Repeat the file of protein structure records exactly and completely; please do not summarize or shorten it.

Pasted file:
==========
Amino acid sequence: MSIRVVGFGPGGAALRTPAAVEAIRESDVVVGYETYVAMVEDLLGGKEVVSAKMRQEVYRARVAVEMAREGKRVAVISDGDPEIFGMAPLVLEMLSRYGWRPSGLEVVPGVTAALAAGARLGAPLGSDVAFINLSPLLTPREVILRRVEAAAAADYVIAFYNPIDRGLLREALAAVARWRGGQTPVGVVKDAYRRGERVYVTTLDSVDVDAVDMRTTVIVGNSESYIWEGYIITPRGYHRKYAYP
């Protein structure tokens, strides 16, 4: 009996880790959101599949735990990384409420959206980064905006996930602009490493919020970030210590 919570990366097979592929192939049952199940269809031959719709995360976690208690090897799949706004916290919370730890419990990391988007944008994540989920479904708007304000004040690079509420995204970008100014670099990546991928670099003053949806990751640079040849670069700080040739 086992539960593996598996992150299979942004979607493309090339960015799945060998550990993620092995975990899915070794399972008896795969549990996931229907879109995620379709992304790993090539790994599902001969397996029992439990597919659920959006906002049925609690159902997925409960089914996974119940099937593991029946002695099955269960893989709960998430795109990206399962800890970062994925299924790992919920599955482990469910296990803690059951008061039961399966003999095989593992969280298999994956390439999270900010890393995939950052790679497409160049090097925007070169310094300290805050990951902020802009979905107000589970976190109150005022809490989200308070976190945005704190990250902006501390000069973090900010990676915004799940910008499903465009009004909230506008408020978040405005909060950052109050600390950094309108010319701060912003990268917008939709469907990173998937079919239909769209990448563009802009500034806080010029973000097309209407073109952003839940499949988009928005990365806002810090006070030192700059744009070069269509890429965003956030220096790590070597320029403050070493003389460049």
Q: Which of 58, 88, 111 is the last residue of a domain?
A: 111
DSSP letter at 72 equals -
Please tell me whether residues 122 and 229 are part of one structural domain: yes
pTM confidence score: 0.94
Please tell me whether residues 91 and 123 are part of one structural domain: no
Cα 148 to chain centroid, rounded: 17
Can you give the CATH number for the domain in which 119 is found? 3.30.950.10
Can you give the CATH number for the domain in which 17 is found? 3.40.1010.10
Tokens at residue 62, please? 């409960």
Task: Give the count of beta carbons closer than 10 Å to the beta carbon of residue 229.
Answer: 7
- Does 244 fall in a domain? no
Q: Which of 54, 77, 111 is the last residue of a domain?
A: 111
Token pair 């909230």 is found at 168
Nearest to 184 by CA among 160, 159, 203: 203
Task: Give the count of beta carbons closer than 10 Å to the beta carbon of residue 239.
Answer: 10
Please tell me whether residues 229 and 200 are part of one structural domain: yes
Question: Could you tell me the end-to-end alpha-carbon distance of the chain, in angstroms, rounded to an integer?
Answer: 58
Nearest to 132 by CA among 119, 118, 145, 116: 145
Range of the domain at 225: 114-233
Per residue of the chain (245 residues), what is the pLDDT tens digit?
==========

Amino acid sequence: MSIRVVGFGPGGAALRTPAAVEAIRESDVVVGYETYVAMVEDLLGGKEVVSAKMRQEVYRARVAVEMAREGKRVAVISDGDPEIFGMAPLVLEMLSRYGWRPSGLEVVPGVTAALAAGARLGAPLGSDVAFINLSPLLTPREVILRRVEAAAAADYVIAFYNPIDRGLLREALAAVARWRGGQTPVGVVKDAYRRGERVYVTTLDSVDVDAVDMRTTVIVGNSESYIWEGYIITPRGYHRKYAYP
């Protein structure tokens, strides 16, 4: 009996880790959101599949735990990384409420959206980064905006996930602009490493919020970030210590 919570990366097979592929192939049952199940269809031959719709995360976690208690090897799949706004916290919370730890419990990391988007944008994540989920479904708007304000004040690079509420995204970008100014670099990546991928670099003053949806990751640079040849670069700080040739 086992539960593996598996992150299979942004979607493309090339960015799945060998550990993620092995975990899915070794399972008896795969549990996931229907879109995620379709992304790993090539790994599902001969397996029992439990597919659920959006906002049925609690159902997925409960089914996974119940099937593991029946002695099955269960893989709960998430795109990206399962800890970062994925299924790992919920599955482990469910296990803690059951008061039961399966003999095989593992969280298999994956390439999270900010890393995939950052790679497409160049090097925007070169310094300290805050990951902020802009979905107000589970976190109150005022809490989200308070976190945005704190990250902006501390000069973090900010990676915004799940910008499903465009009004909230506008408020978040405005909060950052109050600390950094309108010319701060912003990268917008939709469907990173998937079919239909769209990448563009802009500034806080010029973000097309209407073109952003839940499949988009928005990365806002810090006070030192700059744009070069269509890429965003956030220096790590070597320029403050070493003389460049």
Q: Which of 58, 88, 111 is the last residue of a domain?
A: 111
DSSP letter at 72 equals -
Please tell me whether residues 122 and 229 are part of one structural domain: yes
pTM confidence score: 0.94
Please tell me whether residues 91 and 123 are part of one structural domain: no
Cα 148 to chain centroid, rounded: 17
Can you give the CATH number for the domain in which 119 is found? 3.30.950.10
Can you give the CATH number for the domain in which 17 is found? 3.40.1010.10
Tokens at residue 62, please? 């409960």
Task: Give the count of beta carbons closer than 10 Å to the beta carbon of residue 229.
Answer: 7
- Does 244 fall in a domain? no
Q: Which of 54, 77, 111 is the last residue of a domain?
A: 111
Token pair 């909230």 is found at 168
Nearest to 184 by CA among 160, 159, 203: 203
Task: Give the count of beta carbons closer than 10 Å to the beta carbon of residue 239.
Answer: 10
Please tell me whether residues 229 and 200 are part of one structural domain: yes
Question: Could you tell me the end-to-end alpha-carbon distance of the chain, in angstroms, rounded to an integer?
Answer: 58
Nearest to 132 by CA among 119, 118, 145, 116: 145
Range of the domain at 225: 114-233
Per residue of the chain (245 residues), what is the pLDDT tens digit?